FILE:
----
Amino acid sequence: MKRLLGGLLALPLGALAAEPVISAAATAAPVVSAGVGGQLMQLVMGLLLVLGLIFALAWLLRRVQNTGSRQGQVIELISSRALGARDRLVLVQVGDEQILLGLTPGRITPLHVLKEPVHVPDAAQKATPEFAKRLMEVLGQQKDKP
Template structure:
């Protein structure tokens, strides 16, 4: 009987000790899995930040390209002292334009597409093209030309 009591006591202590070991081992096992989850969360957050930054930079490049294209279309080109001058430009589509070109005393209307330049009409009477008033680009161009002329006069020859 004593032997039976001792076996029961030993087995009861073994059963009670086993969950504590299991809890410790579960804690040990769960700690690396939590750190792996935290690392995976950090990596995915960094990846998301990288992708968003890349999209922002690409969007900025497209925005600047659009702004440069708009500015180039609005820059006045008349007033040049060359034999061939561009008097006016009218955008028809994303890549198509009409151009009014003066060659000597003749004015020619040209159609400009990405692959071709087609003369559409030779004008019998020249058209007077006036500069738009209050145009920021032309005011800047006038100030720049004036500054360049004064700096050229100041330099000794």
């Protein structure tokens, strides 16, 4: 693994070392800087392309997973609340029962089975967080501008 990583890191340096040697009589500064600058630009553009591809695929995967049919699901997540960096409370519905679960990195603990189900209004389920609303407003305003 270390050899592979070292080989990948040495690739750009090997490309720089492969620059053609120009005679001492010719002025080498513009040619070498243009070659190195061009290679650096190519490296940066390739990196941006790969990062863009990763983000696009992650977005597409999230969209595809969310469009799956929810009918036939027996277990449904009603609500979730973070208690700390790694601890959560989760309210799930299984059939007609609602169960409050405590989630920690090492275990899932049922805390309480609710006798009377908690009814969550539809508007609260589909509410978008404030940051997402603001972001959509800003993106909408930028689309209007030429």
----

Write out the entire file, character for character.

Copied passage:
Amino acid sequence: MKRLLGGLLALPLGALAAEPVISAAATAAPVVSAGVGGQLMQLVMGLLLVLGLIFALAWLLRRVQNTGSRQGQVIELISSRALGARDRLVLVQVGDEQILLGLTPGRITPLHVLKEPVHVPDAAQKATPEFAKRLMEVLGQQKDKP
Template structure:
């Protein structure tokens, strides 16, 4: 009987000790899995930040390209002292334009597409093209030309 009591006591202590070991081992096992989850969360957050930054930079490049294209279309080109001058430009589509070109005393209307330049009409009477008033680009161009002329006069020859 004593032997039976001792076996029961030993087995009861073994059963009670086993969950504590299991809890410790579960804690040990769960700690690396939590750190792996935290690392995976950090990596995915960094990846998301990288992708968003890349999209922002690409969007900025497209925005600047659009702004440069708009500015180039609005820059006045008349007033040049060359034999061939561009008097006016009218955008028809994303890549198509009409151009009014003066060659000597003749004015020619040209159609400009990405692959071709087609003369559409030779004008019998020249058209007077006036500069738009209050145009920021032309005011800047006038100030720049004036500054360049004064700096050229100041330099000794």
């Protein structure tokens, strides 16, 4: 693994070392800087392309997973609340029962089975967080501008 990583890191340096040697009589500064600058630009553009591809695929995967049919699901997540960096409370519905679960990195603990189900209004389920609303407003305003 270390050899592979070292080989990948040495690739750009090997490309720089492969620059053609120009005679001492010719002025080498513009040619070498243009070659190195061009290679650096190519490296940066390739990196941006790969990062863009990763983000696009992650977005597409999230969209595809969310469009799956929810009918036939027996277990449904009603609500979730973070208690700390790694601890959560989760309210799930299984059939007609609602169960409050405590989630920690090492275990899932049922805390309480609710006798009377908690009814969550539809508007609260589909509410978008404030940051997402603001972001959509800003993106909408930028689309209007030429």